Fore Valley

Top choice in The Midlands

Near the shores of Lough Lene, the emerald-green Fore Valley, 5km east of Castlepollard, is a superb place to explore by bicycle or on foot. In AD 630 St Fechin founded a monastery just outside the village of Fore. There's nothing left of this early settlement, but three later buildings in the valley are closely associated with 'seven wonders' said to have occurred here. It's a deeply atmospheric place with sweeping views across the valley.

The oldest of the three buildings is St Fechin's Church, containing an early-13th-century chancel and baptismal font. Over the Cyclopean entrance is a huge lintel stone carved with a Greek cross and thought to weigh about 2.5 tonnes. It's said to have been put into place by St Fechin's devotions – the wonder of the stone raised by prayer.

A path runs from the church to the attractive little anchorite cell – the 'anchorite in a stone' – which dates from the 15th century and was lived in by a succession of hermits. The Fore Abbey Coffee Shop in the village holds the key.

On the other side of the road near the car park is St Fechin's Well, filled with water that will not boil. Cynics should beware of testing this claim, as it's said that if you try it, doom will come to your family. Nearby is a branch from the tree that will not burn; the coins pressed into it are a more contemporary superstition.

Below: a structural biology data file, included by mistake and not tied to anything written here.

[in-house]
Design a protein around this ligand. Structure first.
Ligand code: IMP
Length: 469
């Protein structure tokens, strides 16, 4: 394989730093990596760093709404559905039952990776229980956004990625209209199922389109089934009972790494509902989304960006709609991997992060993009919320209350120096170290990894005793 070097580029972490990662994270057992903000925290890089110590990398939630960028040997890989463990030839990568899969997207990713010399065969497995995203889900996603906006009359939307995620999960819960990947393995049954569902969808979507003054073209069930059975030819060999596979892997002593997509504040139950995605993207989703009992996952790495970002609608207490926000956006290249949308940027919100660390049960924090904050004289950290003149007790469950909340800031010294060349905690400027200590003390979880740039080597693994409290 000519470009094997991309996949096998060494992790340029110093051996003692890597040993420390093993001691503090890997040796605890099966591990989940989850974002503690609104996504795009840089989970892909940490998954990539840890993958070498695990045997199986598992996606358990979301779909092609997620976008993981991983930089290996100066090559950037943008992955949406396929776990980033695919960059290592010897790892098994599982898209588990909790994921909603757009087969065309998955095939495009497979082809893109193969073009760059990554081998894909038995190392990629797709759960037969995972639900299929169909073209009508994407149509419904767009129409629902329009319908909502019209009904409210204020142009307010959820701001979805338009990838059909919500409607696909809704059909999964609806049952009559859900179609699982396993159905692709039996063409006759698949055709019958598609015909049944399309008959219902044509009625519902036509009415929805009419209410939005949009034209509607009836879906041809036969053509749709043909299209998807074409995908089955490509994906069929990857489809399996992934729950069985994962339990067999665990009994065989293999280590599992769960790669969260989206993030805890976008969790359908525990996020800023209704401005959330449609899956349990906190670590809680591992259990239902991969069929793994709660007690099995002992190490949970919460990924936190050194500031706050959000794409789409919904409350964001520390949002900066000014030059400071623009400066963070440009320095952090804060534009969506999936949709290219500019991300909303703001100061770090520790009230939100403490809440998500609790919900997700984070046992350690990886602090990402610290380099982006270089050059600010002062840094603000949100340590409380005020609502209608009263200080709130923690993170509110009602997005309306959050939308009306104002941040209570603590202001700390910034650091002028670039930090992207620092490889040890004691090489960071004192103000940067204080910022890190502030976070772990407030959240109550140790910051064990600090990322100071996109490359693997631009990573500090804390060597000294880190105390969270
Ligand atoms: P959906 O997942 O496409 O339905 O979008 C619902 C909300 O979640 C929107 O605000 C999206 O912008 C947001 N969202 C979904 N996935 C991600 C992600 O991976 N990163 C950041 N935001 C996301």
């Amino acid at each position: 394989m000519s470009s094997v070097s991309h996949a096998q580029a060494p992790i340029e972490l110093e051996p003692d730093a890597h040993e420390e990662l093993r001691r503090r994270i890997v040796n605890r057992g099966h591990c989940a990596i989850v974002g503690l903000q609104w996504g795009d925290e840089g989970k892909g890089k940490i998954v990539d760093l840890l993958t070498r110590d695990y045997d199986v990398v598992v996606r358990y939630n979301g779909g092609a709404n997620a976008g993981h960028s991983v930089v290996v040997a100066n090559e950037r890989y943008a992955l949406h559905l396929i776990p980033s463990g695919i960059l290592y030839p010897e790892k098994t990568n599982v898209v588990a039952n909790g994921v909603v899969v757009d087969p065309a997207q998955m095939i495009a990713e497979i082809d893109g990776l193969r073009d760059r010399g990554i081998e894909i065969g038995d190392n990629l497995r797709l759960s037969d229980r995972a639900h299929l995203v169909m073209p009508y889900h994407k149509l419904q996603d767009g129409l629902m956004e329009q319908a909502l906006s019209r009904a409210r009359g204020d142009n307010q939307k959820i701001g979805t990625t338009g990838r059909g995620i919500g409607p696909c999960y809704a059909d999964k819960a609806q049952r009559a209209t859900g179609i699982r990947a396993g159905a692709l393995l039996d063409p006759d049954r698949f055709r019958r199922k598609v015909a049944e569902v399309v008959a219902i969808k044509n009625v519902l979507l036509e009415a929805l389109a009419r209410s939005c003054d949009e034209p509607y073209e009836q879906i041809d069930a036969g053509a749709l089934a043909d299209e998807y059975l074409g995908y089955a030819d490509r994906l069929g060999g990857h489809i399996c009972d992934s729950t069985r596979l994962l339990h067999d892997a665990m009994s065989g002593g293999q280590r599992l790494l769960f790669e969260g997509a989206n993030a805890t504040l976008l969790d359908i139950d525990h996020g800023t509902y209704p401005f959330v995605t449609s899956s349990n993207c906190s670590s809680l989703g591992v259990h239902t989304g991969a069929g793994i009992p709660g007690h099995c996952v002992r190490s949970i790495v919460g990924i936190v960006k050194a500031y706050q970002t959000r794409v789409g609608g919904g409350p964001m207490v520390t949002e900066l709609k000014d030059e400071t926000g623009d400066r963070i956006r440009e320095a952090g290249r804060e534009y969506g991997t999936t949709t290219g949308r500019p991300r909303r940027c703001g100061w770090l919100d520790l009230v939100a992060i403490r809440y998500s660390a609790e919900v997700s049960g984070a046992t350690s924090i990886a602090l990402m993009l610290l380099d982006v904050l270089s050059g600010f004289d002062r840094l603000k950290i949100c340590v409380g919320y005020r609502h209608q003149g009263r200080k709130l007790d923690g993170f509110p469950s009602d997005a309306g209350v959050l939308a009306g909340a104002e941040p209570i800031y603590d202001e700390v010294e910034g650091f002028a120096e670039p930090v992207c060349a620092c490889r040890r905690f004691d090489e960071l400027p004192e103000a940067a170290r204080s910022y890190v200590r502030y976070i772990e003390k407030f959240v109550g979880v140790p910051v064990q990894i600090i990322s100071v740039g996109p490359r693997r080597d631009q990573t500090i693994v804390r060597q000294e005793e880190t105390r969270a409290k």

Further over the plain are the extensive remains of a 13th-century Benedictine priory, the Monastery of the Quaking Scraw, miraculous because it was built on what once was a bog. In the following century it was turned into a fortification, hence the loophole windows and castle-like square towers. The western tower is in a dangerous state – keep clear.

The last two wonders are the mill without a race and the water that flows uphill. The mill site is marked, and legend has it that St Fechin caused water to flow uphill, towards the mill, by throwing his crosier against a rock near Lough Lene, 1.3km to the southeast.

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